Aims: To investigate effect of metallic nanoparticles, silver (AgNPs) and gold nanoparticles (AuNPs) asantitumor treatment in vitro against human breast cancer cells (MCF-7) and their associated mechanisms. Thiscould provide new class of engineered nanoparticles with desired physicochemical properties and may presentnewer approaches for therapeutic modalities to breast cancer in women. Materials and
Methods: A humanbreast cancer cell line (MCF-7) was used as a model of cells. Metallic nanoparticles were characterized usingUV-visible spectra and transmission electron microscopy (TEM). Cytotoxic effects of metallic nanoparticles onMCF-7 cells were followed by colorimetric SRB cell viability assays, microscopy, and cellular uptake. Natureof cell death was further investigated by DNA analysis and flow cytometry.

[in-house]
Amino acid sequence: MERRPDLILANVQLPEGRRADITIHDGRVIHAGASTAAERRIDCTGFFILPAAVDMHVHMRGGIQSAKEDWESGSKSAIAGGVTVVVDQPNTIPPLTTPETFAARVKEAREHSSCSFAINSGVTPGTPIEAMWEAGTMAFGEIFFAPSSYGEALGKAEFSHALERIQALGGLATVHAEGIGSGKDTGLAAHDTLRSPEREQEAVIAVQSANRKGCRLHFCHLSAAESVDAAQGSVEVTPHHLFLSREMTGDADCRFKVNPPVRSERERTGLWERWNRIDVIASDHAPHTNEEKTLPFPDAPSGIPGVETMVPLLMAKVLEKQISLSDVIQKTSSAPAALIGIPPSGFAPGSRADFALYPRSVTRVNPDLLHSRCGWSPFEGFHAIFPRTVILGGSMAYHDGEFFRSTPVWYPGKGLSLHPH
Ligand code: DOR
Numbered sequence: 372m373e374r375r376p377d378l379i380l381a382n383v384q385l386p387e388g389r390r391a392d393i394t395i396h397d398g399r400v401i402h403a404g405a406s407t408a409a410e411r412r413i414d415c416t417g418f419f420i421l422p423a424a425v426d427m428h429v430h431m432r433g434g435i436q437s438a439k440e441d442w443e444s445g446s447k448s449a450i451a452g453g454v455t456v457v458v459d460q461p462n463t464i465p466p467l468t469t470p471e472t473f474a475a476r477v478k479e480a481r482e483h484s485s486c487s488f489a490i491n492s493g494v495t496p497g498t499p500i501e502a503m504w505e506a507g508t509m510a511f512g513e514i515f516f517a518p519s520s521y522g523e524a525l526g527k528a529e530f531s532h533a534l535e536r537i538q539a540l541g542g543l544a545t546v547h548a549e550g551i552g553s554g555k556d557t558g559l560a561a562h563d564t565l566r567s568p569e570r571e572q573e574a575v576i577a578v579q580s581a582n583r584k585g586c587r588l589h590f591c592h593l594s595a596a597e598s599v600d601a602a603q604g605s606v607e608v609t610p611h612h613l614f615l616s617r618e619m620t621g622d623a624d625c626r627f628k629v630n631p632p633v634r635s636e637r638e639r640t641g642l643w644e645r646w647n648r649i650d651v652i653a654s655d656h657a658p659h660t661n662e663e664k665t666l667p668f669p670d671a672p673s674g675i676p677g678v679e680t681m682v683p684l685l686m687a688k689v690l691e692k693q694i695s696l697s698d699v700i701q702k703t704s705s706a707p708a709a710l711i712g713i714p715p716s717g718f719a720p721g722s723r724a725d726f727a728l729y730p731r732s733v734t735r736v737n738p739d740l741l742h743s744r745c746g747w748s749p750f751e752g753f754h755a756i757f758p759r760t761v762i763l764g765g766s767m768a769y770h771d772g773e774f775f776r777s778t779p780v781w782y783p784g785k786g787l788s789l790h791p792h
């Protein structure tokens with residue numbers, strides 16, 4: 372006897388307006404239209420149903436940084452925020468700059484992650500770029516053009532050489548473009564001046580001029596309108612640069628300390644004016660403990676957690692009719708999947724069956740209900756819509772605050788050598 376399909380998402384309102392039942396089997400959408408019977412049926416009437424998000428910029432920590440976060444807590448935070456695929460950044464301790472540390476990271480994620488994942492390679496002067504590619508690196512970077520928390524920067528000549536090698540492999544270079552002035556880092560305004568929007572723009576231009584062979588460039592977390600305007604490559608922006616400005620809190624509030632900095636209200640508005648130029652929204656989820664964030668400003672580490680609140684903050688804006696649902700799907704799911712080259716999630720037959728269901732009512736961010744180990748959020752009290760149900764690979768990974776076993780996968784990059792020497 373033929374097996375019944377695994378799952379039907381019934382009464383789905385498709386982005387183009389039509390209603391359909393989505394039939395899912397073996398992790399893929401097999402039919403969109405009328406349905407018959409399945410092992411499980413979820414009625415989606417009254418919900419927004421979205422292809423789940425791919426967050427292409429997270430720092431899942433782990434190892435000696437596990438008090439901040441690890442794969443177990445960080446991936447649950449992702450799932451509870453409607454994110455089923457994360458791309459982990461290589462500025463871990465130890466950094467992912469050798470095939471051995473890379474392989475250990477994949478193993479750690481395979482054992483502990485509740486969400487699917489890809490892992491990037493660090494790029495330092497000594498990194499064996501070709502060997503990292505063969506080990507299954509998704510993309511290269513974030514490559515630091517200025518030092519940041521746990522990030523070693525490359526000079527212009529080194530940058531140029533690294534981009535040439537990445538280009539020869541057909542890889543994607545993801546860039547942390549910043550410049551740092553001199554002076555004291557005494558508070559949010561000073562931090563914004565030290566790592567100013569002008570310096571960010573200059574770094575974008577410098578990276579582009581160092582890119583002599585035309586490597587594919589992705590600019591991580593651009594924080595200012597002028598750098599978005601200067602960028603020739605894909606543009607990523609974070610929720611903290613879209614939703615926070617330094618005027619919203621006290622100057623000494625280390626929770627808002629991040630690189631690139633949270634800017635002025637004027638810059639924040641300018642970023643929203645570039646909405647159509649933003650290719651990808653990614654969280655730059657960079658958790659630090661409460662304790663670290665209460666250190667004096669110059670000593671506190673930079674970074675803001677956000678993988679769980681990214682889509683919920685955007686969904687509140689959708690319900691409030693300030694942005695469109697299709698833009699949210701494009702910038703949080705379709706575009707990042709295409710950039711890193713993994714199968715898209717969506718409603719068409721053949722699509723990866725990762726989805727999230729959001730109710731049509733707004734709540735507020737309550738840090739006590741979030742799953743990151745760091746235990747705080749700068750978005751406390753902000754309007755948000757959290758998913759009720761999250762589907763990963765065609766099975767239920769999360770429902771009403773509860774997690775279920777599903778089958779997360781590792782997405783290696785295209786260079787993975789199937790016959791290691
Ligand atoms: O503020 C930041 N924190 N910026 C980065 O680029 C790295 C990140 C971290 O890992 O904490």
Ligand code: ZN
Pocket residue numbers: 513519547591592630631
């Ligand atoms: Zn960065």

Results: Treatment of MCF-7 withdifferent concentrations of 5-10nm diameter of AgNPs inhibited cell viability in a dose-dependent manner, withIC50 value of 6.28μM, whereas treatment of MCF-7 with different concentrations of 13-15nm diameter of AuNPsinhibited cell viability in a dose-dependent manner, with IC50 value of 14.48μM. Treatment of cells with a IC50concentration of AgNPs generated progressive accumulation of cells in the S phase of the cell cycle and preventedentry into the M phase. The treatment of cells with IC50 concentrations of AuNPs similarly generated progressiveaccumulation of cells in sub-G1 and S phase, and inhibited the entrance of cells into the M phase of the cell cycle.DNA fragmentation, as demonstrated by electrophoresis, indicated induction of apoptosis.
Conclusions: Ourengineered silver nanoparticles effectively inhibit the proliferation of human breast carcinoma cell line MCF-7in vitro at high concentration (1000 μM) through apoptotic mechanisms, and may be a beneficial agent againsthuman carcinoma but further detailed study is still needed.